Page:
Jim Johnson, looking gaunt and sallow, leaned heavily on a cane to cover the few steps across the NovaCare stage to the seat behind the podium.
Clearly, Johnson's fight against metastasized cancer discovered on his spine during the Eagles' playoff run is taking a lot out of the defensive coordinator, who turns 68 on May 26. But just as clearly, Johnson is committed to doing his job as long as he can.
"I feel good," Johnson said today, in his first remarks to the media since his diagnosis was made public, the week of the Super bowl. "I appreciate all the concern about my injury, I really do, from the fans and you guys. I feel good. I'm still going through treatment. The biggest thing I'm trying to get now is some pain out of my back. I've got some broken bones in the lower part. It (doesn't allow) me to be on my feet quite as much. But everything else, I feel fine, and I just keep working at it."
Johnson said activities like this weekend's minicamp, arduous as they might be, are "a big part of my life. It keeps me going."
Johnson lauded his assistants. Secondary coach Sean McDermott was the de facto coordinator when Johnson took leave for surgery and treatment earlier in the offseason.
"It's something you deal with every day," Johnson acknowledged. "Sure it affects your life ... pain a little bit, here and there ... When I come here to work, it feels good. Hopefully, it's not going to be like this all the time."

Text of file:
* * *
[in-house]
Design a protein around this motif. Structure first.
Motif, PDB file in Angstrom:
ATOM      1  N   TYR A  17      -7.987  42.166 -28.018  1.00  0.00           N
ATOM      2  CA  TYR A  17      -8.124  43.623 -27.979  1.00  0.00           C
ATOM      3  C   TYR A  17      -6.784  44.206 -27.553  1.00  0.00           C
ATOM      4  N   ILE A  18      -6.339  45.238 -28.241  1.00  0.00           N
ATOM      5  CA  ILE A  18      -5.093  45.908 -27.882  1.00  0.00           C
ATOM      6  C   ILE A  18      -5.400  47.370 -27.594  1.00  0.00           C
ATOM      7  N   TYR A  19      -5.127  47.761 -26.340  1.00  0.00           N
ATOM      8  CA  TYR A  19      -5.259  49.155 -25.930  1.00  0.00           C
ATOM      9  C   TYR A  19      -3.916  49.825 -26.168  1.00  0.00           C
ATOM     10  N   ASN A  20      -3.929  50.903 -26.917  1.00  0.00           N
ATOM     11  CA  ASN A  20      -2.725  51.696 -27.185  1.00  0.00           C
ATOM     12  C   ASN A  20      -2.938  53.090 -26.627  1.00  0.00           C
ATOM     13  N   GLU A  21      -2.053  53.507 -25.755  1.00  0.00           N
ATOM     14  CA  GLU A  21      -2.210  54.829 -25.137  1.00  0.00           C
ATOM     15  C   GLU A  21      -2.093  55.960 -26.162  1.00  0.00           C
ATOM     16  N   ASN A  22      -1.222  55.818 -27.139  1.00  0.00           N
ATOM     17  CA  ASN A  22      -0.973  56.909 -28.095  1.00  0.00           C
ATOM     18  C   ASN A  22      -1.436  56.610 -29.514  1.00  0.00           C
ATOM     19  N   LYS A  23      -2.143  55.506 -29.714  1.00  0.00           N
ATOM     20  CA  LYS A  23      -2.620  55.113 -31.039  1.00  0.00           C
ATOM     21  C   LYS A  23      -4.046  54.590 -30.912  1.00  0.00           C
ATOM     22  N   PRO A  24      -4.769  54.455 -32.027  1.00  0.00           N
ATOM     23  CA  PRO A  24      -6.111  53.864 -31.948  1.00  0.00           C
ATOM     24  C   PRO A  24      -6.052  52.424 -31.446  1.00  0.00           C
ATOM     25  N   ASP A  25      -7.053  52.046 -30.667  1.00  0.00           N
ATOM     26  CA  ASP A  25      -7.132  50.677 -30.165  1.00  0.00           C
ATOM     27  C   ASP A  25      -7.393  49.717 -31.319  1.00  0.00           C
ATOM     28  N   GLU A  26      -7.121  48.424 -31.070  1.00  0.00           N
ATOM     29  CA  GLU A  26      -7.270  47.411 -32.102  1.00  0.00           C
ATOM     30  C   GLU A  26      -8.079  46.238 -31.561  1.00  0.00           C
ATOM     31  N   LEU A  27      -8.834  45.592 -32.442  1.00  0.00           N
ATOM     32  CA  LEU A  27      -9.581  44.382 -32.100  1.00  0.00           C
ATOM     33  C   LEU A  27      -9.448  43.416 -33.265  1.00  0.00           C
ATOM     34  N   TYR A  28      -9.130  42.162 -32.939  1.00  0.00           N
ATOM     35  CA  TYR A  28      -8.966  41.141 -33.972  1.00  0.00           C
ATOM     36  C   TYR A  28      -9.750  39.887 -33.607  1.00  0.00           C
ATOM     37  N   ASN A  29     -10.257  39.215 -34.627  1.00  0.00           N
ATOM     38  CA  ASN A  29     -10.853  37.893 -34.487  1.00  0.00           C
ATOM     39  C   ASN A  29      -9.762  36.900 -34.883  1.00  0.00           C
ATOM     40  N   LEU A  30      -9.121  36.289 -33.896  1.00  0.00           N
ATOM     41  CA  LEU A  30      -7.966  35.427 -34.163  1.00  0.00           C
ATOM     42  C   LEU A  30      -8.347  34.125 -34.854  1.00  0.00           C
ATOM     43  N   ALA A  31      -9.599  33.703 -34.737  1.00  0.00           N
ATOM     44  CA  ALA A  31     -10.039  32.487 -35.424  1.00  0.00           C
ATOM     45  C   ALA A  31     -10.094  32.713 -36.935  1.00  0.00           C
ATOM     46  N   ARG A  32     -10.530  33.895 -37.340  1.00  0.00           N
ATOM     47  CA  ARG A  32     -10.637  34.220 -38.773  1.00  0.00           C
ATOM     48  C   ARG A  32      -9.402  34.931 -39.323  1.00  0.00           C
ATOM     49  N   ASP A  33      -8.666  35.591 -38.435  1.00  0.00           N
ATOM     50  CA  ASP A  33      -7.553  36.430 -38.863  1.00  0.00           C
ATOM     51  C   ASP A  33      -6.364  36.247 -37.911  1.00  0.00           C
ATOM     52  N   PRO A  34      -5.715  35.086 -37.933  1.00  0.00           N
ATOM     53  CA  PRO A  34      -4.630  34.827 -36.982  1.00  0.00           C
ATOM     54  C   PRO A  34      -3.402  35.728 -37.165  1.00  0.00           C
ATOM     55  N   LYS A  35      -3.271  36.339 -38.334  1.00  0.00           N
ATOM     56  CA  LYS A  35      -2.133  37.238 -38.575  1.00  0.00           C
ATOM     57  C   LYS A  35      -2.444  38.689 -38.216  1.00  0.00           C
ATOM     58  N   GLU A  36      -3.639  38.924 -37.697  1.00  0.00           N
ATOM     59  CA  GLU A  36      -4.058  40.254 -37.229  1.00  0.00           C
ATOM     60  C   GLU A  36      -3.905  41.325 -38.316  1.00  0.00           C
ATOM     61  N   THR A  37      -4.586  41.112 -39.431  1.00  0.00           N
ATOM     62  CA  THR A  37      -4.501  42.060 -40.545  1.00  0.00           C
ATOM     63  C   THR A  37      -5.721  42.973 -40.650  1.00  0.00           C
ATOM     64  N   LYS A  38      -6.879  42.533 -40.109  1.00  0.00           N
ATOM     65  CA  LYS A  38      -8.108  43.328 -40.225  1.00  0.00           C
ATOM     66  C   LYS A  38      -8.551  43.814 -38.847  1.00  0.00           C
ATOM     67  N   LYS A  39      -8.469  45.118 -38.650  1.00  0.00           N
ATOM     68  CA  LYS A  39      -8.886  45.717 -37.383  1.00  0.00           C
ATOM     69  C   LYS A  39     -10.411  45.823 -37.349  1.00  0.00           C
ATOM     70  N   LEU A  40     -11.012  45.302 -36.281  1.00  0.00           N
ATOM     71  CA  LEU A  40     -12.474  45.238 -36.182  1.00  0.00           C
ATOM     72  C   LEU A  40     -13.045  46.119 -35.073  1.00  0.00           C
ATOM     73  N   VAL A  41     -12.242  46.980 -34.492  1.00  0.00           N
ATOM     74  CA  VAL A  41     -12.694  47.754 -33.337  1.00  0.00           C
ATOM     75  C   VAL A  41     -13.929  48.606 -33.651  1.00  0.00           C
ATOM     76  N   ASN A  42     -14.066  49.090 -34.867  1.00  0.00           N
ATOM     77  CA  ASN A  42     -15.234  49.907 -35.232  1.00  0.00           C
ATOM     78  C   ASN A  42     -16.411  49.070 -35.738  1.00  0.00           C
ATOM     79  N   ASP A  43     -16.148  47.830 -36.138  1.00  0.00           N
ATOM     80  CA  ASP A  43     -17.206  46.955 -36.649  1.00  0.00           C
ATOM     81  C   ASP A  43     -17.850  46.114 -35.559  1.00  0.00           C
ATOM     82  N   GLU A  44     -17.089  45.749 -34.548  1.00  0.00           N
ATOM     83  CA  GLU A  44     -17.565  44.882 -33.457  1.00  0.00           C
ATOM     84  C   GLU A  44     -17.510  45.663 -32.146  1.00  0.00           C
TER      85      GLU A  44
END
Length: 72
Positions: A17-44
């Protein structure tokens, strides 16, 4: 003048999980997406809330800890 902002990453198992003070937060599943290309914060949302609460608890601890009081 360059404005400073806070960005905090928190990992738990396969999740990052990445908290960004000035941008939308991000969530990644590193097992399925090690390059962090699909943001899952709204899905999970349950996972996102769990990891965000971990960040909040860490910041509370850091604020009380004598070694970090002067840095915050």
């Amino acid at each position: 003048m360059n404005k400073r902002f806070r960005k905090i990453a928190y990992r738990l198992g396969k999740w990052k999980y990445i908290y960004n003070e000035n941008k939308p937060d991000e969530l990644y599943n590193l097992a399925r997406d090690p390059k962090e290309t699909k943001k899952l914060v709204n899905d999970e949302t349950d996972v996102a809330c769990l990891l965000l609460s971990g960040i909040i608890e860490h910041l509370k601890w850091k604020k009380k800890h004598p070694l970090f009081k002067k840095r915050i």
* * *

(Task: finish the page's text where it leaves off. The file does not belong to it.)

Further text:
Johnson said he hopes the fractures will heal and allow him to walk more easily. He is coaching minicamp from a red motorized wheelchari/scooter.
"Right now I'm on that cart, and it helps out quite a bit," he said.
Johnson said he isn't thinking yet about how he will navigate the season. "I'm taking it one day at a time, one camp at a time," he said.
He acknowledged that having gotten the diagnosis just before the NFC Championship Game, seeing his defense play poorly in a 32-25 loss to Arizona, missing the chance to go to the Super Bowl again, stung more than it might have normally.
A lot of disappointment," he said. "Losing that game, and then, of course, I knew we were going to have to go in and see what was happening with me, that was tough. It wasn't easy."
Johnson said his initial treatment prevented him from reviewing the loss right away.
"When you play a championship game like that, you've just got to play your best football," he said. "It was one of those games, we didn't (force) a lot of turnovers, we were so close -- turnovers could have turned that game around. They did a good job. They're a good football team. We're a good football team, too, but we didn't play our best game."
He said that though he has a lot of faith in Quintin Demps as the successor to Brian Dawkins at free safety, in retrospect, he feels he put too much pressure on Demps, gave him too many different things to do, in the championship game.